If Abbas, Netanyahu and Trump Would Learn From Judah

President Trump blaming the Pittsburgh massacre for damaging the Republican mid-term campaign?  I don’t know whether I would have believed that the President was saying this if it hadn’t been one of the top headlines on the airport TV screens when I arrived in the U.S. for a speaking tour less than a week after the murders.  President Abbas condemned the recent flare-up of violence yesterday just after the first of Thursday’s terrible attacks left two Israeli soldiers dead, and a civilian and another soldier  fighting for their lives.  However, he didn’t mention the attacks specifically, and placed the blame on Israeli actions.  In both cases the unwillingness to take responsibility was glaring.

Israel is very good at this as well.  Relentless Israeli dispossession of Palestinians has no negative impact on the possibility of a peace process.  Only Palestinian intransigence and incitement. ..

Those calling for stealing more Palestinian land as a reaction to the terrible killings are quite simply endangering our lives.  Whether they are cynically advancing their agenda, or really believe it, one would think that after a hundred years, and with even our army telling us that this is not the way to stop terror,, people would finally realize that the “Arabs only understand power” strategy practiced by Labor and Likud alike has been a total failure costing Israeli lives.

Judah is different.  Two weeks ago he was about to burn his daughter in law to death, but then accepts responsibility when he realizes that he is the father of her child, and that she tricked him into sleeping with her because he hadn’t allowed his son to fulfill the responsibility of levirate marriage.  This week he takes responsibility for having masterminded the sale of Joseph and making his father inconsolable.   Yes, there is a midrash that says Judah only takes responsibility after failing to cow Joseph through bluster, false bravado and blaming Joseph. Perhaps there is a truth here that those who always look to blame others only take responsibility after all their specious excuses have been destroyed, and they feel they have no other choice.  However, the plain meaning of the text is that, just as he did two weeks ago, Judah simply has it within him to take responsibility without looking for excuses.  Having promised that he would bring Benjamin safely home, Judah says “let your servant remain as a slave to my  lord instead of the boy….Let me not be witness to the woe that would overtake my father.” (Genesis 44:33-34).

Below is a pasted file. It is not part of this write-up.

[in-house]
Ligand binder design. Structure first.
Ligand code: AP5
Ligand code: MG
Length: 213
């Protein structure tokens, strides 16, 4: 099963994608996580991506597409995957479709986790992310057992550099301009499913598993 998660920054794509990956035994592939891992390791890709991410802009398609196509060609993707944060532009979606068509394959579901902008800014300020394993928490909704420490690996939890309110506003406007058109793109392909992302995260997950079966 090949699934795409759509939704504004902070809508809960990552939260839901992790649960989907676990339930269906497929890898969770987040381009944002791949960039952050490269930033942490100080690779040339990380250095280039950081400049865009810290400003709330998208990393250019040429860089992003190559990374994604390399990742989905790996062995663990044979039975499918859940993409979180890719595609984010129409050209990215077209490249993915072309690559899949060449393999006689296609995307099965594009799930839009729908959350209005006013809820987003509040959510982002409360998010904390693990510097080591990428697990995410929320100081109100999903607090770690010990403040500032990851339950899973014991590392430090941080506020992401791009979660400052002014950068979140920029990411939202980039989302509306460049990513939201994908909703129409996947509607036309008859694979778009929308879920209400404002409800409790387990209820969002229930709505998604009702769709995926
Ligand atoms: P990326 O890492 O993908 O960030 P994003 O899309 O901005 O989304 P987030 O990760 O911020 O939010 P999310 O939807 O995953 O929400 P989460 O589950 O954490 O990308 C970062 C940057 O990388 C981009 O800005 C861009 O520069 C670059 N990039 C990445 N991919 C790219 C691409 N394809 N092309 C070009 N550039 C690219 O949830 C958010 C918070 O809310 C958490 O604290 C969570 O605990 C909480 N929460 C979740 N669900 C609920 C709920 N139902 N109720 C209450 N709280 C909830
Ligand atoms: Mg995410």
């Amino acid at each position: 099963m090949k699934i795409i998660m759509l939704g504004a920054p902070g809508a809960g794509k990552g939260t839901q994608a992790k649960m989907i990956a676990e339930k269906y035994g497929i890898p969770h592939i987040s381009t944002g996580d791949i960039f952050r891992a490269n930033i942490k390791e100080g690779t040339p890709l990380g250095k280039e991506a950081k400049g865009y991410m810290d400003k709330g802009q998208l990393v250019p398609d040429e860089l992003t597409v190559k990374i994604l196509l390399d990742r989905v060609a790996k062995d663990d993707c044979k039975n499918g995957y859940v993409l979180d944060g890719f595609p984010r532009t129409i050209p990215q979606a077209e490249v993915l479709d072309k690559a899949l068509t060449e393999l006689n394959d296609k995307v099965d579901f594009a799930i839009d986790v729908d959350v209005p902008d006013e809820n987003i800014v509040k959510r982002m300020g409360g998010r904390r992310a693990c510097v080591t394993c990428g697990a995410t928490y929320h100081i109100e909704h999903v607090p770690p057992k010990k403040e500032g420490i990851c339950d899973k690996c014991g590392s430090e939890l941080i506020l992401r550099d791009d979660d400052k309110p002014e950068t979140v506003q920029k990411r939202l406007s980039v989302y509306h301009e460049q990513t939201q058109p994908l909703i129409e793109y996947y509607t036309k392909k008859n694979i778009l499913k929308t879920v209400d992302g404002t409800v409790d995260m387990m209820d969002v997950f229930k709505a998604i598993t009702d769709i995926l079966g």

So , yes there is some truth that Israeli actions lead to Palestinian violence. Perhaps it is also true that the Pittsburgh massacre negatively impacted on the Republican campaign.   Even though the army consistently gives the PA credit for thwarting terror, there is much that the Palestinian Authority could do differently to  stop Palestinian violence and move forward a peace process. But, I believe we should first and foremost be self critical and honest about how we need to change.  Even when we have legitimate criticism of others, it will be heard differently after accepting our own responsibility.  Imagine the different dynamic that would be launched if President Trump said, “The hate I stoked against Mexicans and immigrants contributed to the Pittsburgh massacres and other hate crimes.  I have also been wrong to oppose better gun control, and am going to introduce legislation to change that.”  What might happen were President Abbas to say, “Our struggle for freedom does not change the fact that Palestinian violence is wrong. We will continue to support the families of Palestinians who we believe have been unjustly imprisoned or killed, but not those who have committed terrorist acts.”  Might Palestinian skepticism regarding Israel’s sincerity about peace change if Prime Minister Netanyahu said, “Even when there was a supposed settlement freeze, we were actually building.  From now on, we are going to recognize that international law applies in the Occupied Territories including the prohibition against settling Israelis there.  We will cease to take steps forcing Palestinians off their lands.”

What might happen if we would all learn from Judah in our private, public and national lives?

Shabbat Shalom

About the Author
Rabbi Arik Ascherman is the founder and director of the Israeli human rights organization "Torat Tzedek-Torah of Justice." Previously, he led "Rabbis For Human Rights" for 21 years. Rabbi Ascherman is a sought after lecturer, has received numerous prizes for his human rights work and has been featured in several documentary films, including the 2010 "Israel vs Israel." He and "Torat Tzedek" received the Rabbi David J. Forman Memorial Fund's Human Rights Prize fore 5779. Rabbi Ascherman is recognized as a role model for faith based human rights activism.